Stephen DeFlumeri

ProdProfile: Stephen DeFlumeri

With software, everyone thinks of actual development. Nobody was thinking about: Quality Assurance (QA) is super important. So I started researching and reading about it.

The company I was at before solved a massively important problem in QA. But I saw this problem of regression testing. Nobody could figure it out. It was this pain point when Erik approached me. Then it was like a lightbulb went off, like: “That makes so much sense. Why has nobody done this before?” So I said, “let’s do it.” I was under the 10th employee. I’ve been here from the start and don’t plan on going anywhere.

2. Can you paint for me a picture of what life is like in your role?

Every day is different. I’m not sitting behind a desk having these dreary boring 30-minute calls where nobody wants to talk to me. We have this really interesting culture. Everybody has their role, but everyone wants to help out with everybody’s else’s role. That’s why we have such fascinating work. Everybody cares. Everybody wants to solve problems, whether it’s their problems or somebody else’s.

3. What are some elements of a “typical” interaction with customers considering our product?

Zoom meetings are awesome. But there is no replacing having a conversation in person. You get to know someone, not just like: Hey, the weather outside is rainy today. There’s a big problem where salespeople aren’t humanized, they’re just this being on the other side of the line. You want to let people know you care about more than what we’re selling. It’s about relationships.

We start off with a conversation. There’s nothing worse than getting to the demo where people still have conceptual questions. I want to the demo to be: “I get it and now I want to dig deep.” That’s where it gets fun. It’s also hard to show what our data analysis looks like in a black box. So we give companies a way to see what their testing suite is and try it without committing to a long-term contract first. Customers should know us front-and-back like if they were interviewing a person to go do that job.

4. What intrigues you about sales at ProdPerfect?

I really like selling to engineers. I get excited talking to leaders with these really cool ideas. I get to learn about new companies who are doing fascinating things. And I get to help make that fascinating thing even better. To say: This is awesome. Now we can make it where your development team is more efficient. You can spread your brand out there and people are going to love it even more.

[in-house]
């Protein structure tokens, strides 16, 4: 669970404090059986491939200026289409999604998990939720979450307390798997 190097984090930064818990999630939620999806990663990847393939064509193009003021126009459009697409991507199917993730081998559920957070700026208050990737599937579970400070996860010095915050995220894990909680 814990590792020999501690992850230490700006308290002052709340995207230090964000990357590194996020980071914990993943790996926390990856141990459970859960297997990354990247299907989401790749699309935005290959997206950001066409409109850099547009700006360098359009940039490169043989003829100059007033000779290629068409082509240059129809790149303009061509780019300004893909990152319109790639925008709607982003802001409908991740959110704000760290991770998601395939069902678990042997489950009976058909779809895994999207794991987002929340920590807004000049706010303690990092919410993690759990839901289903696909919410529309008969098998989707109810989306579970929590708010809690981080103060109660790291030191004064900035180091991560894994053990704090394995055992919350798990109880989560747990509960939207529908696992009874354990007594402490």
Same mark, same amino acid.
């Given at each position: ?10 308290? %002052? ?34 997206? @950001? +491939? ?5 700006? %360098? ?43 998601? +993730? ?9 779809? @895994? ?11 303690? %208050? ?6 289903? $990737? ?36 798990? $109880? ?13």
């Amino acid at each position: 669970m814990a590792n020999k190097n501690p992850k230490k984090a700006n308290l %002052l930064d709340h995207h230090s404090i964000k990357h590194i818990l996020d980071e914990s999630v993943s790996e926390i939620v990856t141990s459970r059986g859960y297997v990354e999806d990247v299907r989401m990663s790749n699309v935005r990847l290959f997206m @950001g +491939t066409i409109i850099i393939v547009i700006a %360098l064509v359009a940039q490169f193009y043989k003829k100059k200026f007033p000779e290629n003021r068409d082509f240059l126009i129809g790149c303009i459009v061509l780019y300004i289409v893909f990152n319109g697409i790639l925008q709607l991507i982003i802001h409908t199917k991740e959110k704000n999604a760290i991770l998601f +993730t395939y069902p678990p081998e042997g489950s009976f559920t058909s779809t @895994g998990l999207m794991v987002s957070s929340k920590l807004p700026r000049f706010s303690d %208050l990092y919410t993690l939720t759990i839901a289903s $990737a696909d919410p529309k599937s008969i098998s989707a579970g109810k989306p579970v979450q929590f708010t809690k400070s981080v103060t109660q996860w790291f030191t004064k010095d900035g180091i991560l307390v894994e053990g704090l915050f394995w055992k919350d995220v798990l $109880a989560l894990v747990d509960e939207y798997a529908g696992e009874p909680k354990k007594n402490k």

I was never really good at development. So my philosophy was: If I can’t make it, why don’t I help sell it? It still gives me the ability to be tight with engineering, understand product and the whole Software Development Life Cycle (SDLC). QA touches so many different parts of the business. That gives me a really cool advantage because I like learning. I like being a part of it.

5. How do you explain to people the value of ProdPerfect?

I talk about three pain points: 1) It’s really hard to figure out what to test. 2) Building those tests is an art form. 3) Because we’re so agile in the way we develop software, the maintenance and evolution of test suites has become this daunting task no one wants to do. So why don’t we let machines do that part? I love hitting home: “Hey, let’s solve this in a way more unique way that makes it way less painful.”

Regular people? I say: When’s the last time you’ve been on an e-commerce site and you click the check-out and it doesn’t work? How angry did that make you? People go: Oh, it’s the worst. I go: We help prevent those issues from happening. We let users tell us those workflows so we know exactly what they’re doing. And make sure those flows are working at all times. When I explain it like that, even my grandparents get it. And my grandfather got a cell phone for the first time 6 months ago.

6. What are the top few frequently asked questions people have about us? About our product?

The biggest one we get is Personally Identifiable Information (PII) and data privacy. If you’ve seen The Karate Kid, Mr. Miyagi has a really good quote: “Best block: not be there.” We want to block all of that personal data. Questions also come up around that fact that we are machine-led and human-assisted. The goal is to be fully close-cycled, where machines do everything. Our CEO Dan Widing puts it the right way: we are a self-driving car that still has a driver in the driver’s seat. How much human involvement is needed? It’s continuing to trend downward. It’s much less resource-intensive than it would be to manually build, maintain, and update. We let machines do the heavy-lifting.

Ultimately, as much as our job is teaching about ProdPerfect, even more of our job is evangelizing the QA infrastructure outside of what we do. ProdPerfect can work all day, but if we don’t have all the testing components to make the ecosystem complete, one tire works but the rest are flat. The car won’t drive.

7. In your own words, how would you differentiate ProdPerfect from competitors?

We’re the only company I’ve seen that’s using data in this way to build tests. Traditional tooling has been reactive: companies still need to build their own requirements and test cases. We’re one of the first proactive solutions. Not only are we telling you what should be tested, we’re continually building it, maintaining it, updating it, without the customer having to tell us what to do. They’re not managing us. They can focus elsewhere, which I think is really cool.

Everyone’s trying to make QA more agile. There’s no company telling you to slow down. Mark Zuckerburg said: “move fast and break stuff.” The philosophy now in QA is: “let’s move fast and not break stuff.” So “let’s move faster and let’s use data to do the heavy lift” is ProdPerfect’s unique approach.

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